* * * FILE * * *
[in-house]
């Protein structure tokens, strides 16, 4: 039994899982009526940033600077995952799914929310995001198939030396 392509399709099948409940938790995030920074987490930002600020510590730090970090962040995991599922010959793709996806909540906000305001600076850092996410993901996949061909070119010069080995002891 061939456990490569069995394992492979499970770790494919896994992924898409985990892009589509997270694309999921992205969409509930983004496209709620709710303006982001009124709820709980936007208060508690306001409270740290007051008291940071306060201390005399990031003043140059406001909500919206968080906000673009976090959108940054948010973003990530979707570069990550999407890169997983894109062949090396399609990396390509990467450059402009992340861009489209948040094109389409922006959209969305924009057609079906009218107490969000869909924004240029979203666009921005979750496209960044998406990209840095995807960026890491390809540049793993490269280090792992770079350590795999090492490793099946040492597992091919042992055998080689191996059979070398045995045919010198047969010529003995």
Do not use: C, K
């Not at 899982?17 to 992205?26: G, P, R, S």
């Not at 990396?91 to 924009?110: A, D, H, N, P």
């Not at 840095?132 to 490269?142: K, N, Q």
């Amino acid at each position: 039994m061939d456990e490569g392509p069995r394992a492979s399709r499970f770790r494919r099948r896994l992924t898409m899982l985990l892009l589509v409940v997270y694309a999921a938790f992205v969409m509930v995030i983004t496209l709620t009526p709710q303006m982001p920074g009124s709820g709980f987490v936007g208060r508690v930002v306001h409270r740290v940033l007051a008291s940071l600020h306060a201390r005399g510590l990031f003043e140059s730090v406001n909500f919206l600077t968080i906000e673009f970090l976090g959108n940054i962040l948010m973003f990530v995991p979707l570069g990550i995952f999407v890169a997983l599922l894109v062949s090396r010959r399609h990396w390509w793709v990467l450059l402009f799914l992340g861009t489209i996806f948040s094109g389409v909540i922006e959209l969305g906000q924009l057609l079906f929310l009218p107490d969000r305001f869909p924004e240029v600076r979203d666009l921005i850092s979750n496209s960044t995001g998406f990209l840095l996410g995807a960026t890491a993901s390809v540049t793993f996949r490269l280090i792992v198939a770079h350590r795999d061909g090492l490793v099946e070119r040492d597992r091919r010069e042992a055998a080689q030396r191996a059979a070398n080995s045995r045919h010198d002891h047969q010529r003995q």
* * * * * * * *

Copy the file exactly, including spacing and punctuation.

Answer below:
[in-house]
């Protein structure tokens, strides 16, 4: 039994899982009526940033600077995952799914929310995001198939030396 392509399709099948409940938790995030920074987490930002600020510590730090970090962040995991599922010959793709996806909540906000305001600076850092996410993901996949061909070119010069080995002891 061939456990490569069995394992492979499970770790494919896994992924898409985990892009589509997270694309999921992205969409509930983004496209709620709710303006982001009124709820709980936007208060508690306001409270740290007051008291940071306060201390005399990031003043140059406001909500919206968080906000673009976090959108940054948010973003990530979707570069990550999407890169997983894109062949090396399609990396390509990467450059402009992340861009489209948040094109389409922006959209969305924009057609079906009218107490969000869909924004240029979203666009921005979750496209960044998406990209840095995807960026890491390809540049793993490269280090792992770079350590795999090492490793099946040492597992091919042992055998080689191996059979070398045995045919010198047969010529003995």
Do not use: C, K
């Not at 899982?17 to 992205?26: G, P, R, S």
């Not at 990396?91 to 924009?110: A, D, H, N, P």
């Not at 840095?132 to 490269?142: K, N, Q």
């Amino acid at each position: 039994m061939d456990e490569g392509p069995r394992a492979s399709r499970f770790r494919r099948r896994l992924t898409m899982l985990l892009l589509v409940v997270y694309a999921a938790f992205v969409m509930v995030i983004t496209l709620t009526p709710q303006m982001p920074g009124s709820g709980f987490v936007g208060r508690v930002v306001h409270r740290v940033l007051a008291s940071l600020h306060a201390r005399g510590l990031f003043e140059s730090v406001n909500f919206l600077t968080i906000e673009f970090l976090g959108n940054i962040l948010m973003f990530v995991p979707l570069g990550i995952f999407v890169a997983l599922l894109v062949s090396r010959r399609h990396w390509w793709v990467l450059l402009f799914l992340g861009t489209i996806f948040s094109g389409v909540i922006e959209l969305g906000q924009l057609l079906f929310l009218p107490d969000r305001f869909p924004e240029v600076r979203d666009l921005i850092s979750n496209s960044t995001g998406f990209l840095l996410g995807a960026t890491a993901s390809v540049t793993f996949r490269l280090i792992v198939a770079h350590r795999d061909g090492l490793v099946e070119r040492d597992r091919r010069e042992a055998a080689q030396r191996a059979a070398n080995s045995r045919h010198d002891h047969q010529r003995q």